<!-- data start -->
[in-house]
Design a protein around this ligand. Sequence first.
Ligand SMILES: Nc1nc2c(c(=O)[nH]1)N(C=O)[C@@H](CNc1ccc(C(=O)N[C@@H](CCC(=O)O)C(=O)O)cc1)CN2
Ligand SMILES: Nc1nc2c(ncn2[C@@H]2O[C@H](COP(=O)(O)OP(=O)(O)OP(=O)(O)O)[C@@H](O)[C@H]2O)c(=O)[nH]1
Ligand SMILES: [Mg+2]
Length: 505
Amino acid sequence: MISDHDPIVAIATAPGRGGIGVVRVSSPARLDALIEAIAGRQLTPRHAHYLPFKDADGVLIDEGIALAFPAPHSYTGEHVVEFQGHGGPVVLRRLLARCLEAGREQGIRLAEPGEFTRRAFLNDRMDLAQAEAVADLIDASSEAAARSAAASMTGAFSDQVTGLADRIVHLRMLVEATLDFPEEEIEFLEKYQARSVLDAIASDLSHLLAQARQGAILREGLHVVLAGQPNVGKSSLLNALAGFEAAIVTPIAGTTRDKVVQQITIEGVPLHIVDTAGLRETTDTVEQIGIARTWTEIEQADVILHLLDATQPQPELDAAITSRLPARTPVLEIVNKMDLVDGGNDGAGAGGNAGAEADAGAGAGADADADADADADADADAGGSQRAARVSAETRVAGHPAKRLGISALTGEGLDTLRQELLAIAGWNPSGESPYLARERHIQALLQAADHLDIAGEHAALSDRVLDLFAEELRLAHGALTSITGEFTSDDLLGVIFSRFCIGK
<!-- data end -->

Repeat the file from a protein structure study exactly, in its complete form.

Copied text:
[in-house]
Design a protein around this ligand. Sequence first.
Ligand SMILES: Nc1nc2c(c(=O)[nH]1)N(C=O)[C@@H](CNc1ccc(C(=O)N[C@@H](CCC(=O)O)C(=O)O)cc1)CN2
Ligand SMILES: Nc1nc2c(ncn2[C@@H]2O[C@H](COP(=O)(O)OP(=O)(O)OP(=O)(O)O)[C@@H](O)[C@H]2O)c(=O)[nH]1
Ligand SMILES: [Mg+2]
Length: 505
Amino acid sequence: MISDHDPIVAIATAPGRGGIGVVRVSSPARLDALIEAIAGRQLTPRHAHYLPFKDADGVLIDEGIALAFPAPHSYTGEHVVEFQGHGGPVVLRRLLARCLEAGREQGIRLAEPGEFTRRAFLNDRMDLAQAEAVADLIDASSEAAARSAAASMTGAFSDQVTGLADRIVHLRMLVEATLDFPEEEIEFLEKYQARSVLDAIASDLSHLLAQARQGAILREGLHVVLAGQPNVGKSSLLNALAGFEAAIVTPIAGTTRDKVVQQITIEGVPLHIVDTAGLRETTDTVEQIGIARTWTEIEQADVILHLLDATQPQPELDAAITSRLPARTPVLEIVNKMDLVDGGNDGAGAGGNAGAEADAGAGAGADADADADADADADADAGGSQRAARVSAETRVAGHPAKRLGISALTGEGLDTLRQELLAIAGWNPSGESPYLARERHIQALLQAADHLDIAGEHAALSDRVLDLFAEELRLAHGALTSITGEFTSDDLLGVIFSRFCIGK